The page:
Last week, we celebrated Walter Gropius' birthday with his house in Lincoln, Massachusetts. Coincidentally, Marcel Breuer, another Modernist giant who just so happened to be Gropius’ partner and protégé, is also celebrating a birthday this month. The Hungarian-born, AIA Gold Medal winning, iconic twentieth-century architect was born on this day 115 years ago. So here’s a little Marcel for today's MOD Monday.
Marcel Breuer’s resume goes a little something like this:
Bauhaus educated? Check.
Iconic mentor? Check.
Designer of a famous chair still in production? Check.
Architect of some of the most lauded (and controversial) buildings of the twentieth century? Check and Check.
You can read Breuer’s biography here. But today, let’s just take a look at some of his best work.
The Whitney Museum of American Art (now the Met Breuer)
One of the most recognizable buildings in Manhattan, the Breuer-designed Whitney Museum once contained one of the most significant collections of modern and contemporary art in the world. The granite-clad and concrete inverted ziggurat was completed in 1966 and exemplifies the architect’s daring mastery of materials and sculptural forms. Controversial in its time (critic Ada Louise Huxtable described the building as “the most disliked building” and “harsh and handsome”), the museum now stands as a beloved landmark admired for its distinctive profile, confident materiality, and sophisticated artistry.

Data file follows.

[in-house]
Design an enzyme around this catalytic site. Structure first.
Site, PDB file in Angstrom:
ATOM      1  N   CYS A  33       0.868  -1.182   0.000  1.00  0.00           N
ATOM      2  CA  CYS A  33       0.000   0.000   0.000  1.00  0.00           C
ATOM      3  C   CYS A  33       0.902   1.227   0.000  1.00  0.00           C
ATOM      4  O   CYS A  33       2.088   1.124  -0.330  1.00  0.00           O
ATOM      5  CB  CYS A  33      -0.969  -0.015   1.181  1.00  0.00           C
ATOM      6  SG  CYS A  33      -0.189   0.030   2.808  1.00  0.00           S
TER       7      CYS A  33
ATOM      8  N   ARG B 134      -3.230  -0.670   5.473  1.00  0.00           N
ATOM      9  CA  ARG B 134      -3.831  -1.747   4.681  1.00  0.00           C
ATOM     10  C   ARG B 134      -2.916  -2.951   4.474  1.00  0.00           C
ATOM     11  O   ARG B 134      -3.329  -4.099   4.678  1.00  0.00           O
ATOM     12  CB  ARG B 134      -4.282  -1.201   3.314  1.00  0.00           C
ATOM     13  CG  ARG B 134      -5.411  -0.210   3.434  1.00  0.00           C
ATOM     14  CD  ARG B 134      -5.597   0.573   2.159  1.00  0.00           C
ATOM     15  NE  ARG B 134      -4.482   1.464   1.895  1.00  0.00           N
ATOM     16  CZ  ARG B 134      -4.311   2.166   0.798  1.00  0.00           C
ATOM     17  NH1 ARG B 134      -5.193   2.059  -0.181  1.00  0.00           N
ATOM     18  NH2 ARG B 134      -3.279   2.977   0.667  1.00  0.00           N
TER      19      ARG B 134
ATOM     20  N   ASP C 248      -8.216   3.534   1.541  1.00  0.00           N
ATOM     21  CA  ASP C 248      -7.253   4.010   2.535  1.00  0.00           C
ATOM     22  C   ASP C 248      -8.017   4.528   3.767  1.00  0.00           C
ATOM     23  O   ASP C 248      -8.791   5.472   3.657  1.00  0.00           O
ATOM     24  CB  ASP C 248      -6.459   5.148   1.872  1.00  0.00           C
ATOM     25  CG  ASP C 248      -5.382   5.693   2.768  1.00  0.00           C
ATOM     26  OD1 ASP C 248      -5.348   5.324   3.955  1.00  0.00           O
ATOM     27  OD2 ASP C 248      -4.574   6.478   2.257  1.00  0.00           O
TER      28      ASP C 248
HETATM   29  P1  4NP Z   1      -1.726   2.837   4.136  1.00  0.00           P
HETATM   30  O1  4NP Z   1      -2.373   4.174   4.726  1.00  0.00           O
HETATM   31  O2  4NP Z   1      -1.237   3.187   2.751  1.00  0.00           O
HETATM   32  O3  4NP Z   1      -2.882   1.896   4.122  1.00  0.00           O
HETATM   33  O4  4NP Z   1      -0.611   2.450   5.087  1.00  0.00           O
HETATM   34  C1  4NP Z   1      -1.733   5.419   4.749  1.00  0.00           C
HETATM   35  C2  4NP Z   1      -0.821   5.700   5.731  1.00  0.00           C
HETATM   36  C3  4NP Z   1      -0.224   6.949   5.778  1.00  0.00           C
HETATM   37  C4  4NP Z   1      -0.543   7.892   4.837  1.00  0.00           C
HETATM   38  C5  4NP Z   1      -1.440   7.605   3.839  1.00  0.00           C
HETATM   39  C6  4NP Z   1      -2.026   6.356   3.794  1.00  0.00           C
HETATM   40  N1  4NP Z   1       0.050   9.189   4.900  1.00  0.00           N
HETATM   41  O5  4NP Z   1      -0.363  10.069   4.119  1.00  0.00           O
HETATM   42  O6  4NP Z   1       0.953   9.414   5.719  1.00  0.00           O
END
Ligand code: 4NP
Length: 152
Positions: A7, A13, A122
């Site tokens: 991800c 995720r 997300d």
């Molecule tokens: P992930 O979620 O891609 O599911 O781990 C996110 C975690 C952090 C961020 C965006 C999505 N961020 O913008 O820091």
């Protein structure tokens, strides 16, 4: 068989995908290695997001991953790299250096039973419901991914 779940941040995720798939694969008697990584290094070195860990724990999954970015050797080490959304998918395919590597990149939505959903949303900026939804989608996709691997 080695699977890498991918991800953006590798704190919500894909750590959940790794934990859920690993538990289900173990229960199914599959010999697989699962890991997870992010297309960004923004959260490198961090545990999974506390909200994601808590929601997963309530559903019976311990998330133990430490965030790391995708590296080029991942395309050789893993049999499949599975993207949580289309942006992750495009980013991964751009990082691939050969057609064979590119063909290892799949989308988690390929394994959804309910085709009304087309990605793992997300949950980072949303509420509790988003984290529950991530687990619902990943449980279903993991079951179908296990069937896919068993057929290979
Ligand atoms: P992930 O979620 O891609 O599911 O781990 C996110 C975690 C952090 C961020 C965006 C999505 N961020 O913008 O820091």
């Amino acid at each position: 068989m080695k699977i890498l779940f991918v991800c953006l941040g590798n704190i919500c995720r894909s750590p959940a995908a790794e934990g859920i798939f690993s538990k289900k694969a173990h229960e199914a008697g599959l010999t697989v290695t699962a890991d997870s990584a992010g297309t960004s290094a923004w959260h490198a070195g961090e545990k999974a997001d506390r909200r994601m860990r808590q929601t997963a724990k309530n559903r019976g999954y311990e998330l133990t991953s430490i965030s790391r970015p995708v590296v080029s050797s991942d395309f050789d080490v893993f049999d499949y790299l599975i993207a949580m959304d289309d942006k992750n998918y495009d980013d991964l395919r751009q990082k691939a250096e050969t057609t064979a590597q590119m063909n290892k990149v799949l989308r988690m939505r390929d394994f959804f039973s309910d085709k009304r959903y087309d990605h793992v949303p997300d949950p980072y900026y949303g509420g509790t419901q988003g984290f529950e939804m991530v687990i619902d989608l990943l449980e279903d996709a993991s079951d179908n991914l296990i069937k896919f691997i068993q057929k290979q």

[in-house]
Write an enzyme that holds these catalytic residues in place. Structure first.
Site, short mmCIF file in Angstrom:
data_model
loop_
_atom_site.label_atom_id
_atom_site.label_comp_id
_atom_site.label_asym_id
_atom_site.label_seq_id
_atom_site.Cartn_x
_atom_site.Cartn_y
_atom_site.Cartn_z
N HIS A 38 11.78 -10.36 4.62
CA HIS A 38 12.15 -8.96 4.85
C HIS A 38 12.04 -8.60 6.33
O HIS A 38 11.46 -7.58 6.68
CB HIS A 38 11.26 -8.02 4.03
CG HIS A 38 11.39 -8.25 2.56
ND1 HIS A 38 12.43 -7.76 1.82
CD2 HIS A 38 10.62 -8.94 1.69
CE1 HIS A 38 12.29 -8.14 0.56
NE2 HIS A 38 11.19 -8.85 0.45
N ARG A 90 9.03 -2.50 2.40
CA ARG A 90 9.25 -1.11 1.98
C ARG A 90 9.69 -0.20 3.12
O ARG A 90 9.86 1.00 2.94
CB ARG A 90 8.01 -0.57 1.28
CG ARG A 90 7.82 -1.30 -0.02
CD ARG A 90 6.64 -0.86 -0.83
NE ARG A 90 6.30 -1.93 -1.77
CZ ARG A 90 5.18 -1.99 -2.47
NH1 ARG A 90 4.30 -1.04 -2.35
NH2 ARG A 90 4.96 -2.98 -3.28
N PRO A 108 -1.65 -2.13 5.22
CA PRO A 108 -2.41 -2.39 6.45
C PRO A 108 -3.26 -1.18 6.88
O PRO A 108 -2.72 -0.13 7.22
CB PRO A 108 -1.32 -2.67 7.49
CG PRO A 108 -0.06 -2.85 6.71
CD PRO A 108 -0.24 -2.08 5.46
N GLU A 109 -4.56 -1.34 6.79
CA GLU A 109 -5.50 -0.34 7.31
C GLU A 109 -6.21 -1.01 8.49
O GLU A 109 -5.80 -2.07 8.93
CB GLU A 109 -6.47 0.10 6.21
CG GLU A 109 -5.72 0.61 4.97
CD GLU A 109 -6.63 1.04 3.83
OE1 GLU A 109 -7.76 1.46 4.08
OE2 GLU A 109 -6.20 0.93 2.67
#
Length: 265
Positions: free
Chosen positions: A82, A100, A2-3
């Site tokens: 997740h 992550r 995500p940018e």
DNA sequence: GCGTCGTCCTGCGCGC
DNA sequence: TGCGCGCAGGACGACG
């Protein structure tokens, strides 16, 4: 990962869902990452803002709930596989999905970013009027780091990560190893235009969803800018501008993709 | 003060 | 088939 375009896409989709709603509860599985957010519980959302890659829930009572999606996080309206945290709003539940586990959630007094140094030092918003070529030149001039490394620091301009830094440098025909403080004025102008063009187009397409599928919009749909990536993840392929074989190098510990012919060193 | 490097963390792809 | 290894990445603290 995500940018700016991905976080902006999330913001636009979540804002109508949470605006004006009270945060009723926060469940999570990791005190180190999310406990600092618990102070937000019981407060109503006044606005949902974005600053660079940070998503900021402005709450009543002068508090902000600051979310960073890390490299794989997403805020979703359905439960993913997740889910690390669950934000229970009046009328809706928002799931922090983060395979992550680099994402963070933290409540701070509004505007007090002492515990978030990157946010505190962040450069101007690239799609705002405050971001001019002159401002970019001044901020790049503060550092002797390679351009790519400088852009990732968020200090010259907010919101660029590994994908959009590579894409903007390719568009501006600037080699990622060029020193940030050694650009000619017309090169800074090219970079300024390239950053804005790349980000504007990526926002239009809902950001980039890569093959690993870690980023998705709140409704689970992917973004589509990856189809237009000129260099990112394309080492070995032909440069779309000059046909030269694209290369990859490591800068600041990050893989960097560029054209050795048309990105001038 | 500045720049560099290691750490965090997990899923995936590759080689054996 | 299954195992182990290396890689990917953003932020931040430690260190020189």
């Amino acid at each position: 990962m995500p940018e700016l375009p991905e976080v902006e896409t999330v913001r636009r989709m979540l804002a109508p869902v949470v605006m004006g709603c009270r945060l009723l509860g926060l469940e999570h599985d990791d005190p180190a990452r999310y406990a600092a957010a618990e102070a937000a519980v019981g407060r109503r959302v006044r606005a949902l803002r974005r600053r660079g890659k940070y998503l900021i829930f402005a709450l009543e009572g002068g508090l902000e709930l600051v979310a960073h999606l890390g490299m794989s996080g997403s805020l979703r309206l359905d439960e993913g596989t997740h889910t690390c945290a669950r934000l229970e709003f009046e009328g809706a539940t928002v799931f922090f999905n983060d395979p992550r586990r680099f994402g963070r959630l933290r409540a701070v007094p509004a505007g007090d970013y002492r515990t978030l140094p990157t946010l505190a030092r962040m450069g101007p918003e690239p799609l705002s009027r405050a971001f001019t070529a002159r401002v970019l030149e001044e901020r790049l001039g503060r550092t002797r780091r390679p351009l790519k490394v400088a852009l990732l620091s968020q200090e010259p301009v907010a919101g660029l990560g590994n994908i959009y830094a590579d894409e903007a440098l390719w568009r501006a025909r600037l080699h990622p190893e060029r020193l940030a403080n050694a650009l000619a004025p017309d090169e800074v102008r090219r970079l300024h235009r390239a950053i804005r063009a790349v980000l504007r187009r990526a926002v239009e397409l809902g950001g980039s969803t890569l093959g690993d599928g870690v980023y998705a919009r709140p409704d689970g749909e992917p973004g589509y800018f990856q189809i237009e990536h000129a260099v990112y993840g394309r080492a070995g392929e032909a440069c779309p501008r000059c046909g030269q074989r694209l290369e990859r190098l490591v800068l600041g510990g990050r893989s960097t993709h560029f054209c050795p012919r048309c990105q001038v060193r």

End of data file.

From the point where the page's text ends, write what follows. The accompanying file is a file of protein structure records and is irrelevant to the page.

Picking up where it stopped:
Wassily Chair (Model B3)
In 1925, Breuer designed the bicycle-inspired tubular steel frame chair as a symbol of the industrial era. Named after the father of abstract painting and Bauhaus colleague, Wassily Kandinsky, the chair is composed of strong lines, graceful curves, and simple polished chrome. Like a piece of gleaming technology, the Wassily chair remains an essential part of modern living.
St. John’s Abbey Church
Recognized as one of the most important concrete buildings in the world, St. John’s Abbey is as a milestone in the architectural history of the Catholic Church (we can thank this rogue abbot for the commission). Completed in 1961 in Collegeville, Minnesota, the cast-in-place church remains a marvel of design, an epic Brutalist masterpiece in the middle of the Midwest. Jaw-dropping, timeless, and instantly recognizable as a Breuer design, St. John’s Abbey may be the architect's most inspiring and audacious project, and our built world is much better for it.
Also completed in 1961, the Stillman House remains a seminal work of residential Modernism, bringing glass, clean lines, and color to the New England landscape. Following its construction, the residence inspired a new generation of Modernists (the Harvard 5) and triggered a wave of new modern homes in the leafy, colonial hamlet of Litchfield, Connecticut. And yes, that is a Alexander Calder mural on the pool wall. Swoon.
Robert C. Weaver Federal Building
The first building constructed under President John. F. Kennedy’s “Guiding Principles of Federal Architecture,” the Robert C. Weaver Federal Building (1968) stands as a 10-story Brutalist office tower, dramatic in its use of materials, geometric forms, and minimal ornamentation. The first precast concrete structure completed for the federal government, the building is pure Breuer in its combination of muscular forms, functional modular design, and the expressive use of concrete. For Brutalism lovers, this one is a real beauty.
There is (obviously) much more great work by Breuer, but that's for another day.
Happy Birthday, Mr. Breuer!
This architectural historian cannot stop thinking about buildings, food, and that vintage rug she found online.